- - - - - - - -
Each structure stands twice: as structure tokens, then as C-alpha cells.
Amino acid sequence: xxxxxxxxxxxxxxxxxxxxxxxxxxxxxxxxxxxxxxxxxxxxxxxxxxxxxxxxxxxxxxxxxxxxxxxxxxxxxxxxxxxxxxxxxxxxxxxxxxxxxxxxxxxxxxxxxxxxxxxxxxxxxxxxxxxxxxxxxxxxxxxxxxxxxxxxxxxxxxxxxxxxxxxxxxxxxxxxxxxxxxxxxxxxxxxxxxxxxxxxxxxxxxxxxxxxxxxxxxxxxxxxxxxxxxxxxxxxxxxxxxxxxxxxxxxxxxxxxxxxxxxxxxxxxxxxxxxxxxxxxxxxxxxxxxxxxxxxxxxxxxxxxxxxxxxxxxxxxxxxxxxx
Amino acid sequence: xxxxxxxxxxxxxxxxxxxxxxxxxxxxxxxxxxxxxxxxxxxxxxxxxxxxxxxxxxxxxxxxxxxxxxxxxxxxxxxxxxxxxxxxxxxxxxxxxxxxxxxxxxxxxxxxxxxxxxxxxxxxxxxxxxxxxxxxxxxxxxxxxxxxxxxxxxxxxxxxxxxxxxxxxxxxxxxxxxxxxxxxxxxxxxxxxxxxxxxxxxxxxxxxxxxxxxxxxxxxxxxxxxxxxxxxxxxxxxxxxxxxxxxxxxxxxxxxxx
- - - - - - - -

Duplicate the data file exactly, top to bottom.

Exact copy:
Each structure stands twice: as structure tokens, then as C-alpha cells.
Amino acid sequence: xxxxxxxxxxxxxxxxxxxxxxxxxxxxxxxxxxxxxxxxxxxxxxxxxxxxxxxxxxxxxxxxxxxxxxxxxxxxxxxxxxxxxxxxxxxxxxxxxxxxxxxxxxxxxxxxxxxxxxxxxxxxxxxxxxxxxxxxxxxxxxxxxxxxxxxxxxxxxxxxxxxxxxxxxxxxxxxxxxxxxxxxxxxxxxxxxxxxxxxxxxxxxxxxxxxxxxxxxxxxxxxxxxxxxxxxxxxxxxxxxxxxxxxxxxxxxxxxxxxxxxxxxxxxxxxxxxxxxxxxxxxxxxxxxxxxxxxxxxxxxxxxxxxxxxxxxxxxxxxxxxxx
Amino acid sequence: xxxxxxxxxxxxxxxxxxxxxxxxxxxxxxxxxxxxxxxxxxxxxxxxxxxxxxxxxxxxxxxxxxxxxxxxxxxxxxxxxxxxxxxxxxxxxxxxxxxxxxxxxxxxxxxxxxxxxxxxxxxxxxxxxxxxxxxxxxxxxxxxxxxxxxxxxxxxxxxxxxxxxxxxxxxxxxxxxxxxxxxxxxxxxxxxxxxxxxxxxxxxxxxxxxxxxxxxxxxxxxxxxxxxxxxxxxxxxxxxxxxxxxxxxxxxxxxxxx